Friday, 8 May 2015
Carey Mulligan or Julie Christie? No contest. I'm afraid this new film adaptation of Far from the Madding Crowd is a mere blip, not a classic.
There's something not quite right about it, even though it's beautifully filmed, and the costumes are terrific. (Especially Bathsheba's going-to-market outfits - but would she really have worn a leather jacket?)
It's too modern. Carey Mulligan is too gamine and minxish to ignite smouldering passion and, without the smouldering passion, where's the tragedy of Farmer Boldwood's brooding love for her? (Also, you should see the grandeur of his house ... it's ages since I read the book, but surely he was a prosperous farmer, not an aristocrat? As for Bathsheba's farmhouse, well, I never imagined it as fancy as this, did you? The director is Danish; maybe the finer nuances of English rural class went over his head.)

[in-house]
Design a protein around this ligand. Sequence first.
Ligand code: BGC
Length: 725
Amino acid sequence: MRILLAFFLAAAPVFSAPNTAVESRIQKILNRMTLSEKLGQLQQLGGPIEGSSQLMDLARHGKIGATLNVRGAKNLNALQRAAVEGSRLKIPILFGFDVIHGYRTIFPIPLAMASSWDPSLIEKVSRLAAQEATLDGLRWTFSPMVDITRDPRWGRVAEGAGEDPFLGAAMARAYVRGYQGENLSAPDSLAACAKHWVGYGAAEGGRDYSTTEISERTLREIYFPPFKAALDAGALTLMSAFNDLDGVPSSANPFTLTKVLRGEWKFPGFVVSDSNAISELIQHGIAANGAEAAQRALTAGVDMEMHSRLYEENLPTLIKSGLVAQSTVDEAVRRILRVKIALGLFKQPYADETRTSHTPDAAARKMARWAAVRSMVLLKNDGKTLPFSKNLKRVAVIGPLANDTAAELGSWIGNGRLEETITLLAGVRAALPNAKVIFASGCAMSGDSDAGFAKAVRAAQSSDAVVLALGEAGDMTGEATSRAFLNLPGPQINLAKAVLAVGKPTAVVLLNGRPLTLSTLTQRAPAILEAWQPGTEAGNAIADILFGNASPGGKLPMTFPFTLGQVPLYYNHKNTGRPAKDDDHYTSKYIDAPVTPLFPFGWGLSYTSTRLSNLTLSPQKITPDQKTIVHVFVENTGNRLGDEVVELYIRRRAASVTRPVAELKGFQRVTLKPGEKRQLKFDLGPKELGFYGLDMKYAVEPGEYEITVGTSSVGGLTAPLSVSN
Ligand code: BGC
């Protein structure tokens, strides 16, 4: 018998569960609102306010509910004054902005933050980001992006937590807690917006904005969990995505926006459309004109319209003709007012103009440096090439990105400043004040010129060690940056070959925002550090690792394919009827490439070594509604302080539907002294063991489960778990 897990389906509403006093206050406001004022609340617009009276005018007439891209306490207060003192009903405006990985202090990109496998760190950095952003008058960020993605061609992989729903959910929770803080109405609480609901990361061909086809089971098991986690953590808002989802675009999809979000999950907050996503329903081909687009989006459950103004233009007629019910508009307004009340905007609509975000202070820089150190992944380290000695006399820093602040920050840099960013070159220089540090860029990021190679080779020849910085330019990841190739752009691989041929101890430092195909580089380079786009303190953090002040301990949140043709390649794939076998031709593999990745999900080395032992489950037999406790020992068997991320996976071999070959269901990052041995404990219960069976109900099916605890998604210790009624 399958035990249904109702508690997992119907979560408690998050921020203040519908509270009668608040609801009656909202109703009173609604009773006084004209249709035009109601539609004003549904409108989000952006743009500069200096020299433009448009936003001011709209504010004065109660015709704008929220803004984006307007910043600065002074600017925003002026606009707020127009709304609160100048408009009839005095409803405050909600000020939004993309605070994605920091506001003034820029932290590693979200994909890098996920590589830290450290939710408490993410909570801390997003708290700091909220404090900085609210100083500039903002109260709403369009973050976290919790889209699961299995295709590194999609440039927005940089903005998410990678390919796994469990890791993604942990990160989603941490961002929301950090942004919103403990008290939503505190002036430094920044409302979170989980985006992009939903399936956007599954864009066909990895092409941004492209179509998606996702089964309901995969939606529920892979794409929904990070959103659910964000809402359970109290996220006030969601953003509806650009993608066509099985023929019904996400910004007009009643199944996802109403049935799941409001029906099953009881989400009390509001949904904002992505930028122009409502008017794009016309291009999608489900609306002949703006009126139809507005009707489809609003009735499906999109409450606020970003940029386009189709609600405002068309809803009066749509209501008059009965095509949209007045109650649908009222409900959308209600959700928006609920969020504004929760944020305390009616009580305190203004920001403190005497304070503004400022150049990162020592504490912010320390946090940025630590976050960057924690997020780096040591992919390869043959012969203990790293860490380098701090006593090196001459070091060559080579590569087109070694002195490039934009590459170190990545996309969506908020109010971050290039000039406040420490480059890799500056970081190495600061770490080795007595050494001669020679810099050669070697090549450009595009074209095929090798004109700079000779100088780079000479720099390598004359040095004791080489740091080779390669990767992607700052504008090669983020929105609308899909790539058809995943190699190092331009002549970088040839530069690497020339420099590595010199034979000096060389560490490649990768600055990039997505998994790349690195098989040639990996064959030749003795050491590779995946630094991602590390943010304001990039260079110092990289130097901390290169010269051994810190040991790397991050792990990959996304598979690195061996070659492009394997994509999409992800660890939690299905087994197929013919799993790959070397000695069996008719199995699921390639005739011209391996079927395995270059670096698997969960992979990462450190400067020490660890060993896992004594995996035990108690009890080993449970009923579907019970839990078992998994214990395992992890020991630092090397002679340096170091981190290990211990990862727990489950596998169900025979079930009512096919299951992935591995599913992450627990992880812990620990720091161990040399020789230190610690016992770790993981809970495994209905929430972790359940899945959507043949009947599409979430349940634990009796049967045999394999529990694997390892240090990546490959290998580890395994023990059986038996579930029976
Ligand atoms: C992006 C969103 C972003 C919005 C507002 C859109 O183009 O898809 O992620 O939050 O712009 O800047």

Then there's Sergeant Troy ... he looks more like a fresh-faced sixth-form army cadet than a Lothario.
But apart from all that, the story is told at such a galloping pace (it's a good half-hour shorter than the 1967 version) that there's no sense of Bathsheba's character mellowing and changing.
Passionless and pointless. But it looks lovely, I'll give it that much.